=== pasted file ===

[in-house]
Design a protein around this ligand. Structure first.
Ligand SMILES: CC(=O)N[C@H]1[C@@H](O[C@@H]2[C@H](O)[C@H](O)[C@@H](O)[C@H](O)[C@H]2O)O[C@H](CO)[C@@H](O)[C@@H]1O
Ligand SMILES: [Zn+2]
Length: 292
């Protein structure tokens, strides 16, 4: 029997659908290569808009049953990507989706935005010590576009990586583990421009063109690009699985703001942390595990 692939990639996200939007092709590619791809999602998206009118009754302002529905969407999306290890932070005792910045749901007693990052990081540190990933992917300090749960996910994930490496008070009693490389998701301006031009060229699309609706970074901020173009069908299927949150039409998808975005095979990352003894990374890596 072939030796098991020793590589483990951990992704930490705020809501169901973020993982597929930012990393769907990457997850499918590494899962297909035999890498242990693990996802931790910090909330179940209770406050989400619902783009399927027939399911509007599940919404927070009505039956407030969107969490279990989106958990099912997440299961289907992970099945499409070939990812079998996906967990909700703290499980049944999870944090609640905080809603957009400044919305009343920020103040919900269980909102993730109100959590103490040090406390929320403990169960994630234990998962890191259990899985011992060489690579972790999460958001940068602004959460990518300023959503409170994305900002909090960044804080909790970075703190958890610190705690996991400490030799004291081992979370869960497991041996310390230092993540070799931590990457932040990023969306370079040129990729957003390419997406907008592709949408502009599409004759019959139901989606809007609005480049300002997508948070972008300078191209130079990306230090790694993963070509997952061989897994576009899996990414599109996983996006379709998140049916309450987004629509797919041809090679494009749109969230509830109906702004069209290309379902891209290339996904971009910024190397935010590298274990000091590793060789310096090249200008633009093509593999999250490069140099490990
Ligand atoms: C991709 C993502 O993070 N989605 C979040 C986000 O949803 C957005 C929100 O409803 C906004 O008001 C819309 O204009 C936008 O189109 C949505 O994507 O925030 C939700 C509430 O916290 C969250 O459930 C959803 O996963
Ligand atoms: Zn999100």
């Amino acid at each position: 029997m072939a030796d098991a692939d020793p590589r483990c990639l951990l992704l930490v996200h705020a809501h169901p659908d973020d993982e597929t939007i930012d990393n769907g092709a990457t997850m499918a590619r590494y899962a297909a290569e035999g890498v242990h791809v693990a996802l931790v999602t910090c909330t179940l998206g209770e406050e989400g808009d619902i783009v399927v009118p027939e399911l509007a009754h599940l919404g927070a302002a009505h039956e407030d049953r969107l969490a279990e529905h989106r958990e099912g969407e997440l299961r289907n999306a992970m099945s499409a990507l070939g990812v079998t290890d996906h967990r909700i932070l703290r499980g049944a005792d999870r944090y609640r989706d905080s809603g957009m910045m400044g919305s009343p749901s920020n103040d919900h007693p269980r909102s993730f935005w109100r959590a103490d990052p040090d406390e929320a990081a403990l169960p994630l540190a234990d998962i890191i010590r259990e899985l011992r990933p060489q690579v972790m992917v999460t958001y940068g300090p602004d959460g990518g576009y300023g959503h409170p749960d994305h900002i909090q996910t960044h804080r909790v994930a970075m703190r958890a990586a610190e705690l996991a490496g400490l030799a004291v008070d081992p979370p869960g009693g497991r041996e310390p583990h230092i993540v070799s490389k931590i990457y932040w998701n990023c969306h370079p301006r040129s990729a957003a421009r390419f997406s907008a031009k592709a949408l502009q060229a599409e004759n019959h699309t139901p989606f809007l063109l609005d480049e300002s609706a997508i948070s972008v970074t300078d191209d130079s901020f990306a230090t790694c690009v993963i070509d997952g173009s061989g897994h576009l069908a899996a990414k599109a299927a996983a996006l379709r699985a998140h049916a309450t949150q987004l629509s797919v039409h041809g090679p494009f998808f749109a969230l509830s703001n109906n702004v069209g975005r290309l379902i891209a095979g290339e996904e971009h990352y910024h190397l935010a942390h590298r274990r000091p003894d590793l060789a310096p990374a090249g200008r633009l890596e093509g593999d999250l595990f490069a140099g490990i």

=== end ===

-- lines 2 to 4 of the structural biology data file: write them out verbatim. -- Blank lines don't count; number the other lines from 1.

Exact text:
Design a protein around this ligand. Structure first.
Ligand SMILES: CC(=O)N[C@H]1[C@@H](O[C@@H]2[C@H](O)[C@H](O)[C@@H](O)[C@H](O)[C@H]2O)O[C@H](CO)[C@@H](O)[C@@H]1O
Ligand SMILES: [Zn+2]